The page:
Bram Pitoyo, Portland Creative/Tech Event Review

Adam Gallardo at Cre8Con: An Event Review (Part 8 of 8)

Adam Gallardo

Dark Horse Comics

I’m going to be talking about my creative process, then switch gear.

This gives me sheer of terror because, first of all, I haven’t talked to the public for 20 years. The second feeling, I’m not a very self-reflexive guy who doesn’t think about this stuff.

“Where do you get your idea?” I get asked this question a lot. I feel that this has an underlying assumption. Because people feel that if they know where I got my idea, then they would be able to go to that place and get their own. The right question is not “why” but “how.”

And, sad to say, there’s no secret to this. I either get my idea through hard work, or flashes of “religious” inspirations.

As a kid, I wasn’t really into comic. Comic was something that I got at a road trip, or when you stay at home sick. I didn’t understand that there are people who created these things, or that there are series in comic. So while I was aware of comics, I was never aware into how they figure into my creative process.

So by the time I was old enough, all these media got these hooks into me.

For me, the creative process has always been a problem solving one. The first comic I ever wrote for was Star Wars: Infinities – Return of the Jedi. The idea behind the series is: you take one element of a story arc, change it, and focus on how that change impacts the story.

Back then at Dark Horse, I was working to answer reader’s email. The question I get asked the most was “where’s Infinities – Return of The Jedi”? So I went and talked to the editor and he said “as soon as we have a good story, we’ll move forward with it.”

Well, I had been thinking about writing comics, but never expressed it to anyone. I’ve been submitting short stories to magazines and was interested in becoming this Raymond Carver-type of author. But one of the benefits of working at Dark Horse was that I get to read all these comic script drafts.

And I read them and thought “Hey, I can do that, too.”

So one night, I went home, sat on the couch, and started thinking about it. That’s part of the hard work of being a creative. I was playing the movie (Return of The Jedi) back and forth, trying to find the perfect moment to break the story and go on a tangent. And I found it. But I didn’t write anything down.

So, the next day, I went in and pitched in the idea to the second guy at Dark Horse. He said “fire away.” The point of departure was when the scene with Leia in Jabba’s Palace went wrong. He stared at me with that resilient stare, and finally said “write a one page, and we’ll give it to Lucas.”

So my problem was finding the perfect moment to break from the Star Wars movie.

And then many months passed. Until one day, he passed by my office and said “Hey, Gallardo, when are you going to write that script?”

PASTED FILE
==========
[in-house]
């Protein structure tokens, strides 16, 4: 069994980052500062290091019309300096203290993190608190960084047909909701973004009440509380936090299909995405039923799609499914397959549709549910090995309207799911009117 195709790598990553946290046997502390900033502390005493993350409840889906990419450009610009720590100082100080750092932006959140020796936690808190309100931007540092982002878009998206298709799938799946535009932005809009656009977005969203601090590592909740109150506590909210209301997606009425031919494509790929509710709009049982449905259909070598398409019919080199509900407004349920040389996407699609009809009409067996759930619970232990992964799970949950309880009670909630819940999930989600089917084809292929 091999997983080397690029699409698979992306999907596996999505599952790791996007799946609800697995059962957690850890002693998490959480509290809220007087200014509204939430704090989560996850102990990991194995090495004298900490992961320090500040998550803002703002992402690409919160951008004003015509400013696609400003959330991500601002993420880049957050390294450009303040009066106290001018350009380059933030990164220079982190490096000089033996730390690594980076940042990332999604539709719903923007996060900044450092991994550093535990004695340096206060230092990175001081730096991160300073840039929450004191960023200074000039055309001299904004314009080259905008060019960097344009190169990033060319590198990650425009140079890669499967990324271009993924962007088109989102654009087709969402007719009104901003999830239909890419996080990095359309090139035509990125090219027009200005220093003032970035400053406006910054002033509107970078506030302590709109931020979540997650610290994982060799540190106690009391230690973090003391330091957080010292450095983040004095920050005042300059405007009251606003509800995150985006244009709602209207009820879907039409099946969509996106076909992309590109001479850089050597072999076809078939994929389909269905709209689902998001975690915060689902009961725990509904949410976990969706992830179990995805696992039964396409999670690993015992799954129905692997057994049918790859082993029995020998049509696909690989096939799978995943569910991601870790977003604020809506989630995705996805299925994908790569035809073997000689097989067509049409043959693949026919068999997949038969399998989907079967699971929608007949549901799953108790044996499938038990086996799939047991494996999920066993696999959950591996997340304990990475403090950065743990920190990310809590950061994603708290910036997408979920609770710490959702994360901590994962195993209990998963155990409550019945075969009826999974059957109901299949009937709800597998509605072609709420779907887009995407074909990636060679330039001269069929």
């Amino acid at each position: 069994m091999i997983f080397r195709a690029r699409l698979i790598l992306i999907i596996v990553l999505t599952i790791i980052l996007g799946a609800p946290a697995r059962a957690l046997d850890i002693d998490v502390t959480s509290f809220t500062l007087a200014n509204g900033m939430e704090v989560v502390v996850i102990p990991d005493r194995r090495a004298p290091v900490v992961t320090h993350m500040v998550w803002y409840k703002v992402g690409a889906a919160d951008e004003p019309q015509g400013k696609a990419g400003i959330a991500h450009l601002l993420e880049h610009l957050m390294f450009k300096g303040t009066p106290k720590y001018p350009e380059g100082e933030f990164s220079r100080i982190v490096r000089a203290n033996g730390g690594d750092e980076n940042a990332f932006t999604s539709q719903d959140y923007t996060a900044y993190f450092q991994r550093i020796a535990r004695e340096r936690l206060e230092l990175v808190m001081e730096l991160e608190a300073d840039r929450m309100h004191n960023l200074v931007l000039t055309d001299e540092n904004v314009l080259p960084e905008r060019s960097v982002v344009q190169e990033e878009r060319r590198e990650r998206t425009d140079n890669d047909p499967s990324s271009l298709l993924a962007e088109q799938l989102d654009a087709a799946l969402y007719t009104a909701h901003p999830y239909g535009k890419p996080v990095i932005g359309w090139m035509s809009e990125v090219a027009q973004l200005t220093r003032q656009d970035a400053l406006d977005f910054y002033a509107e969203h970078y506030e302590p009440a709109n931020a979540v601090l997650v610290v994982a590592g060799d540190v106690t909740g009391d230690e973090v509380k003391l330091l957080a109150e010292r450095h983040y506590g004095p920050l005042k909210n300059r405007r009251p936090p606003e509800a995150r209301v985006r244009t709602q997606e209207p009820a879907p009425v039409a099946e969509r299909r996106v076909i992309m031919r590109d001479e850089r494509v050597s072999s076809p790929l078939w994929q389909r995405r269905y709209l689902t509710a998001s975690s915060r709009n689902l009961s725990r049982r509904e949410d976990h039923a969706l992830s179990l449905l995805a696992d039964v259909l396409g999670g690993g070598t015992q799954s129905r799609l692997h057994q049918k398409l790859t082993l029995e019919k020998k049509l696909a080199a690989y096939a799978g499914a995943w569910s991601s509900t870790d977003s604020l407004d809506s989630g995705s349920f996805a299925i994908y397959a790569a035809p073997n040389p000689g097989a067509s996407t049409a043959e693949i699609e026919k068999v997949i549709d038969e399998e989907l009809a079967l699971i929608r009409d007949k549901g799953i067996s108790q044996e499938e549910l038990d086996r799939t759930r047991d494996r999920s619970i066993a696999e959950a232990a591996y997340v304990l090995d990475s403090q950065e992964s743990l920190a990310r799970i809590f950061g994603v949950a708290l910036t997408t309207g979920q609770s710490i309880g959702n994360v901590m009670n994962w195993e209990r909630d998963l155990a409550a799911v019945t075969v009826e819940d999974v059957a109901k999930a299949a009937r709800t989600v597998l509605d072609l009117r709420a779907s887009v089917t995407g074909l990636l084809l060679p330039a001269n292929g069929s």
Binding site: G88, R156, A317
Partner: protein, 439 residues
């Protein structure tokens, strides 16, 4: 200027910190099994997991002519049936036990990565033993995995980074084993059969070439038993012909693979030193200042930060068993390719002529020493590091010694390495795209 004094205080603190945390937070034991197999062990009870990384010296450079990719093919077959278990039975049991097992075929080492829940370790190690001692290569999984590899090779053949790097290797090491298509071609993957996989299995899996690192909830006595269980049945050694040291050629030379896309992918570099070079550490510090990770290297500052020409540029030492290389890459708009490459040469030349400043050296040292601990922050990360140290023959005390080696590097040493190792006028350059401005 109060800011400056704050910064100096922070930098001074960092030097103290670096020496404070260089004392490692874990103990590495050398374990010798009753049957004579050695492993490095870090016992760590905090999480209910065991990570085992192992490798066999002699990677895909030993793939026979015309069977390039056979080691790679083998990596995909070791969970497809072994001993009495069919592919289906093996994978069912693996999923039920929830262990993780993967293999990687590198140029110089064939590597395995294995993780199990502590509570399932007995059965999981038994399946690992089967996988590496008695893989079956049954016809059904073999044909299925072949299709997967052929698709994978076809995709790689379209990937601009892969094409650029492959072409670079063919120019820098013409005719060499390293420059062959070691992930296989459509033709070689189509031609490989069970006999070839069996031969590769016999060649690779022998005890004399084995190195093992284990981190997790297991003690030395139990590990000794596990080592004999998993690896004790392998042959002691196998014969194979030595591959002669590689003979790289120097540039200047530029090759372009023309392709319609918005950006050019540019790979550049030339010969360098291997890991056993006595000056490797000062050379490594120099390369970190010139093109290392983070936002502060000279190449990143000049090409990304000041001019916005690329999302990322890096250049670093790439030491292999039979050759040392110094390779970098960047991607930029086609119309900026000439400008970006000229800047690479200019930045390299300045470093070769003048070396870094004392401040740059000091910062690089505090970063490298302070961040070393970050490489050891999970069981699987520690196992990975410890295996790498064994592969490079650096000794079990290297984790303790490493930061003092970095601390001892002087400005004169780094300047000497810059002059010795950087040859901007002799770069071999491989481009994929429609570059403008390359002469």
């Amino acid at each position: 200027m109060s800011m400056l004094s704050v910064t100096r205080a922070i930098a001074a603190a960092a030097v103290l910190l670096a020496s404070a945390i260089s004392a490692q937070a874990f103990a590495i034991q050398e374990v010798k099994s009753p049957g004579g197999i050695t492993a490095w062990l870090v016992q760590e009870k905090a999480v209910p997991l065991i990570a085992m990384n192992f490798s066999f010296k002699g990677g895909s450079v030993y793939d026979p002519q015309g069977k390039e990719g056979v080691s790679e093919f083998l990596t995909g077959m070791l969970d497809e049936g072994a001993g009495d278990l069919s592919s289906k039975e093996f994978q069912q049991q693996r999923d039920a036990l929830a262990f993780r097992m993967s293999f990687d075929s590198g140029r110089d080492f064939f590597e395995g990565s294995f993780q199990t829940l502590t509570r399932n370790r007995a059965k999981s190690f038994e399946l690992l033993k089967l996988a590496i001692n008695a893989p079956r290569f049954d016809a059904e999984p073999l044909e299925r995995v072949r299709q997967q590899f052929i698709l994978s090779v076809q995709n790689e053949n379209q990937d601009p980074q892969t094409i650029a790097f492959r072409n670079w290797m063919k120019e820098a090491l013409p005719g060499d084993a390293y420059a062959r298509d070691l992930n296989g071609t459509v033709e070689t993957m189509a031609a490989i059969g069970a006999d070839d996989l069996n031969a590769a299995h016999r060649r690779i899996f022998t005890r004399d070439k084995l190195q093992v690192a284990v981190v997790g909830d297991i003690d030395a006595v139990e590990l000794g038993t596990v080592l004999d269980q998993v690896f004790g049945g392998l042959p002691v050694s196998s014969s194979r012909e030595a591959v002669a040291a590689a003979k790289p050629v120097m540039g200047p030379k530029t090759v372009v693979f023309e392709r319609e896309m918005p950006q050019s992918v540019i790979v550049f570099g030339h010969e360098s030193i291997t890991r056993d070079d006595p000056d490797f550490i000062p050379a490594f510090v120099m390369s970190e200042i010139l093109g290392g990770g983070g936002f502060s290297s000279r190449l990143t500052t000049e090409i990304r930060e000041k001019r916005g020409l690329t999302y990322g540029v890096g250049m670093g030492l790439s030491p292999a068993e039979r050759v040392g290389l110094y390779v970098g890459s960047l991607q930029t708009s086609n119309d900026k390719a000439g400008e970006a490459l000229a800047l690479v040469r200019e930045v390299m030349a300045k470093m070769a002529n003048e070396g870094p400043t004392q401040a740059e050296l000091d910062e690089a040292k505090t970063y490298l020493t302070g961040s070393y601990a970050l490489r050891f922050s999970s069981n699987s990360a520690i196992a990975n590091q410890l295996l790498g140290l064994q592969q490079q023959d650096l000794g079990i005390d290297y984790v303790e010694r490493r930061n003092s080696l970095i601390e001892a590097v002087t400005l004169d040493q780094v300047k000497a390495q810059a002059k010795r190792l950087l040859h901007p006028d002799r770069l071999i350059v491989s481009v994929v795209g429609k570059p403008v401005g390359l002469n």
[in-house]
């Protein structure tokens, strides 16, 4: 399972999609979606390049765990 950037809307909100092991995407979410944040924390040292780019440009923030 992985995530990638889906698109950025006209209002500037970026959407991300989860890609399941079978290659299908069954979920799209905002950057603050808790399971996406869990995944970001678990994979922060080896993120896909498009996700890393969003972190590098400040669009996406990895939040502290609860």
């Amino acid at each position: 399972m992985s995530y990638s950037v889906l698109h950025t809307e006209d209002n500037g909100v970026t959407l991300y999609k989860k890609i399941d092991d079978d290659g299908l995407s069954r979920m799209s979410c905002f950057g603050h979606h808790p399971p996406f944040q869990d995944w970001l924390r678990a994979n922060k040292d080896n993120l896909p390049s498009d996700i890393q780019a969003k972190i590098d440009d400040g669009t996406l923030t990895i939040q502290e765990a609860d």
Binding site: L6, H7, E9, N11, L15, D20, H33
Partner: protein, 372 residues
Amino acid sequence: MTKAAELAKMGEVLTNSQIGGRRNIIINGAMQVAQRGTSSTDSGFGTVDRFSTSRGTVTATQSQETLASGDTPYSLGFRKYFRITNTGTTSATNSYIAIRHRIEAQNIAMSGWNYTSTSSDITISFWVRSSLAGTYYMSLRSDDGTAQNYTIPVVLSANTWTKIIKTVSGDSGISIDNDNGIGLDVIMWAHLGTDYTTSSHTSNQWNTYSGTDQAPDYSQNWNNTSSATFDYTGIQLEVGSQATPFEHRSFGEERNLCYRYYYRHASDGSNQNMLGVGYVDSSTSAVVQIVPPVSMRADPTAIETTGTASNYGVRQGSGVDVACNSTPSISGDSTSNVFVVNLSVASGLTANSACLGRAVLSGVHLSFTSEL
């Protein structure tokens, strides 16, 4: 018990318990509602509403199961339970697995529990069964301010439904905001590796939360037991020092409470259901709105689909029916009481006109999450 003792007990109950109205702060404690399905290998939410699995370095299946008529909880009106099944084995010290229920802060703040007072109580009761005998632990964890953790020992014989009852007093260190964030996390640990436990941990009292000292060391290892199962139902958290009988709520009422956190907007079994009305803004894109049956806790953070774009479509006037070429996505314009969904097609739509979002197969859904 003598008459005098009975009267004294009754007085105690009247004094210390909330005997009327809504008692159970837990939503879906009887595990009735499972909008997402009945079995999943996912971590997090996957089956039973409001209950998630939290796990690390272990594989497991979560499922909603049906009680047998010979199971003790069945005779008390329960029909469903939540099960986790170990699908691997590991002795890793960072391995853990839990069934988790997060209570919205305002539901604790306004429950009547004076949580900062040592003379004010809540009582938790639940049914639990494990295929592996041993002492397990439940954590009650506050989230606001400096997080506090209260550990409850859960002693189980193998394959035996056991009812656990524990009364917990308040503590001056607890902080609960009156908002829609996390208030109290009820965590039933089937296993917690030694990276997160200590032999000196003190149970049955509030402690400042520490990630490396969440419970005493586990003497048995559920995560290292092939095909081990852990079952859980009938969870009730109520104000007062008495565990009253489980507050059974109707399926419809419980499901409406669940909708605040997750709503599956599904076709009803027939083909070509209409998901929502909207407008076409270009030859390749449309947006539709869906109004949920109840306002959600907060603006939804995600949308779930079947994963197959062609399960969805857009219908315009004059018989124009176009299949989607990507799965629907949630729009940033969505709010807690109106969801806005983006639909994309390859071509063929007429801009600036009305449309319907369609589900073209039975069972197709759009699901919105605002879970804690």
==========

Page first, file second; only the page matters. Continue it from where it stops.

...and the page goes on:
A lot of people asked me if I ever got a hard time from Lucasfilms. Any time they asked me to change, I view that as a problem to solve, too. So by that means, you move along with story by moving from problem to problem.

Admittedly, it’s rather unglamorous. It involves sitting down and writing. But that’s how I did it.

My favorite question to ask is to look at the market and say “what is out there and what would I like to be reading right now?” then solve that.

The good ideas will make it out of the notebook. The ideas that are no good will just sit and fester. Another lesson is, don’t ever throw out an idea. You may be able to repurpose it another day.

Another question: how do you write an idea that is a paragraph, then make it into a pitch that the editor will like and give money to.

Here comes the switching gears part.

I talked about hard work. The other way I get ideas is “flashes of inspiration.” These are instances where ideas pop out to your head out of nowhere. I know it’s a cliche, but taking a shower? It works.

You can’t force these moments, all you can do is record them before you forget. But while you can’t force it, you can cultivate it. So my tips is: read everything. I try to not limit myself in one particular genre. I read everything, watch everything, listen to new music.

As a creator of fiction, I don’t feel like I have a primary document. A curious astronomer can look at tables of planetary motion, etc. But a fiction writer has no text—so in a way, everything is a text. So that was why my advice was read everything.

I mentioned that my storytelling sense has been set by these other media. I hope that I can bring this experience into a comic. As creative people, the worst appraisal we can get is: it’s unoriginal.

So my tips are three:

  • I read what I can
  • I put endless hours in my notebook
  • I wait for flashes of inspirations

Other than that, I’m just waiting for the next problem to solve.